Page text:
A review of Folk Horror: Hours Dreadful And Things Strange

Adam Scovell’s Folk Horror is an excellent primer on the cultural mode, as manifested in fiction, film, music and television. Not only does it offer an accessible introduction to  those new to the discourse around folk horror, but it should also interest those who are au fait with the subgenre: it offers much depth of analysis […]

A review of The Eyrie

  [This story was published November 2017 in Issue 12 of the Gramarye, the journal of the Sussex Centre for Folklore, Fairy Tales and Fantasy. Pick up a copy from here: store.chi.ac.uk/product-catalogue/sussex-centre-for-folklore/journals/gramarye-issue-12-e-book.] A mysterious owl insignia, ominous rural landscapes, misty cobbled streets, creaky taverns, and irate sea-dogs baring warnings – recently published graphic novel The Eyrie […]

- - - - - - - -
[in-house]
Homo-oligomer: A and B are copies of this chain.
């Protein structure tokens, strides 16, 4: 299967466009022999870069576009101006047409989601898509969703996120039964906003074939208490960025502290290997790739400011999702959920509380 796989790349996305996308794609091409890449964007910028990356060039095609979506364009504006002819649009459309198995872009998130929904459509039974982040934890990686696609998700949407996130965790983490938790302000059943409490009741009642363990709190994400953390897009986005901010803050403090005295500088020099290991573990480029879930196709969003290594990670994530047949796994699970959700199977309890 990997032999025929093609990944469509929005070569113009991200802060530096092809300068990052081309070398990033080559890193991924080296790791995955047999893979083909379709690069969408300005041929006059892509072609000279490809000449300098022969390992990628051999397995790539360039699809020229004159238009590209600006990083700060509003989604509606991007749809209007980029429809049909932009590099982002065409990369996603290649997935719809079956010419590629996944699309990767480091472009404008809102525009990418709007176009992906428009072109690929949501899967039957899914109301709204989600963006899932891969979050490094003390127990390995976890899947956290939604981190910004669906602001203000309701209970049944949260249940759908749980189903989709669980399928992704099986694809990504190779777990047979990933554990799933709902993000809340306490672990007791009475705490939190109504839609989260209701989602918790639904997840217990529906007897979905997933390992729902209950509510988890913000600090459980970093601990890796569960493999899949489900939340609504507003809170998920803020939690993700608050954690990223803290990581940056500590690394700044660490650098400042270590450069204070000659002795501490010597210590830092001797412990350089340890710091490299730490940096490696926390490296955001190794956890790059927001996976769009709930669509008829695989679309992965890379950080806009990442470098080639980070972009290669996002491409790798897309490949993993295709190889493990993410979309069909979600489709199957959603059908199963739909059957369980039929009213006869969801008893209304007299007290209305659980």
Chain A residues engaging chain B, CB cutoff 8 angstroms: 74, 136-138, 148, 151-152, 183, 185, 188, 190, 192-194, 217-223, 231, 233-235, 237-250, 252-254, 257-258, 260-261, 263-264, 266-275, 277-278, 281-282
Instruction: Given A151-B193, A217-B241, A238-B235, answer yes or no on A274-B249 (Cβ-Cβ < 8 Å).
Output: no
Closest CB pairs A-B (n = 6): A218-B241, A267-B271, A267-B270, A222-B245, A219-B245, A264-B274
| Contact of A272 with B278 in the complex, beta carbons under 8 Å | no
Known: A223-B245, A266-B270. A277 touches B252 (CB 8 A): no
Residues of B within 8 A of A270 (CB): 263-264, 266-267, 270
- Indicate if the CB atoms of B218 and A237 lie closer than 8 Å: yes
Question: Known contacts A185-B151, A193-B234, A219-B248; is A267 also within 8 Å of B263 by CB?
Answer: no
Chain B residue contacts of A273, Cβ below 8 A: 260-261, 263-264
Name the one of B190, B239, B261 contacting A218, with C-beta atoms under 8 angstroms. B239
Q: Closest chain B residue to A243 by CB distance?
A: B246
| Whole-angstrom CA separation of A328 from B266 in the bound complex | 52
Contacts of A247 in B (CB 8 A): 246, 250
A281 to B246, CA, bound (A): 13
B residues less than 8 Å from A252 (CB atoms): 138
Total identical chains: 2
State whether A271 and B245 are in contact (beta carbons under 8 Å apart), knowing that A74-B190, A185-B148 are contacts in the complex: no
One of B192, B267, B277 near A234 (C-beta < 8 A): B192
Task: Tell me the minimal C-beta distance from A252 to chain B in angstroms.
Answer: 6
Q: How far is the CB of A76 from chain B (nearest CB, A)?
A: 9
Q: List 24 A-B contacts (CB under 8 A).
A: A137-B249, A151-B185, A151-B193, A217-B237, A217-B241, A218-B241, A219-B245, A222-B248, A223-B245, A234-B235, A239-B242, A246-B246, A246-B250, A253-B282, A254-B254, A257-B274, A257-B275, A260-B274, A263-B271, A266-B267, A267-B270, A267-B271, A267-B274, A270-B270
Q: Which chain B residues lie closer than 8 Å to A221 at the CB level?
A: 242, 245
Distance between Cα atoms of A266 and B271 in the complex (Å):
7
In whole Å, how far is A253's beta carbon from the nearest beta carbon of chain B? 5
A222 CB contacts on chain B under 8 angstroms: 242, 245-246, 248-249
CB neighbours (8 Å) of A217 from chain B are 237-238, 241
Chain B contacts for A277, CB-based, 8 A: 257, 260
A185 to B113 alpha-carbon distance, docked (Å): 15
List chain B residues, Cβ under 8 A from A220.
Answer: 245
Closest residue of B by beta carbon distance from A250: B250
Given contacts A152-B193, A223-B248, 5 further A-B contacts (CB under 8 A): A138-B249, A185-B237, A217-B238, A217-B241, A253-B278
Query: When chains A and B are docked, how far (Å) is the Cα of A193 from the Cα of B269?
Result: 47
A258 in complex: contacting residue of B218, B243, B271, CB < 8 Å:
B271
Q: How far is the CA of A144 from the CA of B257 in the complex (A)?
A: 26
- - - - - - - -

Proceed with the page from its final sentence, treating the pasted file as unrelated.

Eerie Eyrie: folk horror graphic novel review

[This story was published on October 30 by etc Magazine. Read the original story at edition.pagesuite-professional.co.uk//launch.aspx?pbid=cdbd86eb-0ed9-41e5-a590-031651c44a1, pages 54 and 55. PDF here: Etc – The Eyrie – November 2017

The Living and the Dead: Psychographs, Celestial Telegraphers and Kodak Girls

[This story was published on November 18 on the BAVS Neo-Victorian blog. Read the original story at victorianist.wordpress.com/2016/11/18/neo-victorian-review-the-living-and-the-dead-psychographs-celestial-telegraphers-and-kodak-girls.] Haunted landscapes characterise the worlds within the medium of folk horror, creating fictional spaces in which pagan tradition collides with Christian demonology. The narrative of the BBC’s recent series The Living and the Dead exists within this creative environment, […]